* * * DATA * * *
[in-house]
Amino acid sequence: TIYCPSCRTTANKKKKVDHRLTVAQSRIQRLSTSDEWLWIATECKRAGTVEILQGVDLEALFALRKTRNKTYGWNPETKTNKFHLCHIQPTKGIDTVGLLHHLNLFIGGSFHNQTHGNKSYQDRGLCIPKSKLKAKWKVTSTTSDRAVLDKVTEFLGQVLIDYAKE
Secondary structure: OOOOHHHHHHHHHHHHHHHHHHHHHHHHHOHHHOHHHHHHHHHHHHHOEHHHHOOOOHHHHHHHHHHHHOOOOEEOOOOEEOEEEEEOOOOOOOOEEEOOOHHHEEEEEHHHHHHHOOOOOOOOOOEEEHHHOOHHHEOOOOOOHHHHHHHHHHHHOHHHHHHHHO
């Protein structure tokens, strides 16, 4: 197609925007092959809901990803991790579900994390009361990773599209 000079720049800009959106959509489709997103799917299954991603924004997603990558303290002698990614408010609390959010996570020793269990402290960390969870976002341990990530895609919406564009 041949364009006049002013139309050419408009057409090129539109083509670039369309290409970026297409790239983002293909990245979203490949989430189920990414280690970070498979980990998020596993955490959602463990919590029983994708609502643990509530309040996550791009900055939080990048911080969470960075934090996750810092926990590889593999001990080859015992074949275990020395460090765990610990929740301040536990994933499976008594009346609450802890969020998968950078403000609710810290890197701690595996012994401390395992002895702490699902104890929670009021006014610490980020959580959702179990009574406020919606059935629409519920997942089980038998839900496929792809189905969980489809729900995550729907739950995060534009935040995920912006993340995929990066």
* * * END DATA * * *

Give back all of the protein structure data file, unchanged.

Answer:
[in-house]
Amino acid sequence: TIYCPSCRTTANKKKKVDHRLTVAQSRIQRLSTSDEWLWIATECKRAGTVEILQGVDLEALFALRKTRNKTYGWNPETKTNKFHLCHIQPTKGIDTVGLLHHLNLFIGGSFHNQTHGNKSYQDRGLCIPKSKLKAKWKVTSTTSDRAVLDKVTEFLGQVLIDYAKE
Secondary structure: OOOOHHHHHHHHHHHHHHHHHHHHHHHHHOHHHOHHHHHHHHHHHHHOEHHHHOOOOHHHHHHHHHHHHOOOOEEOOOOEEOEEEEEOOOOOOOOEEEOOOHHHEEEEEHHHHHHHOOOOOOOOOOEEEHHHOOHHHEOOOOOOHHHHHHHHHHHHOHHHHHHHHO
């Protein structure tokens, strides 16, 4: 197609925007092959809901990803991790579900994390009361990773599209 000079720049800009959106959509489709997103799917299954991603924004997603990558303290002698990614408010609390959010996570020793269990402290960390969870976002341990990530895609919406564009 041949364009006049002013139309050419408009057409090129539109083509670039369309290409970026297409790239983002293909990245979203490949989430189920990414280690970070498979980990998020596993955490959602463990919590029983994708609502643990509530309040996550791009900055939080990048911080969470960075934090996750810092926990590889593999001990080859015992074949275990020395460090765990610990929740301040536990994933499976008594009346609450802890969020998968950078403000609710810290890197701690595996012994401390395992002895702490699902104890929670009021006014610490980020959580959702179990009574406020919606059935629409519920997942089980038998839900496929792809189905969980489809729900995550729907739950995060534009935040995920912006993340995929990066």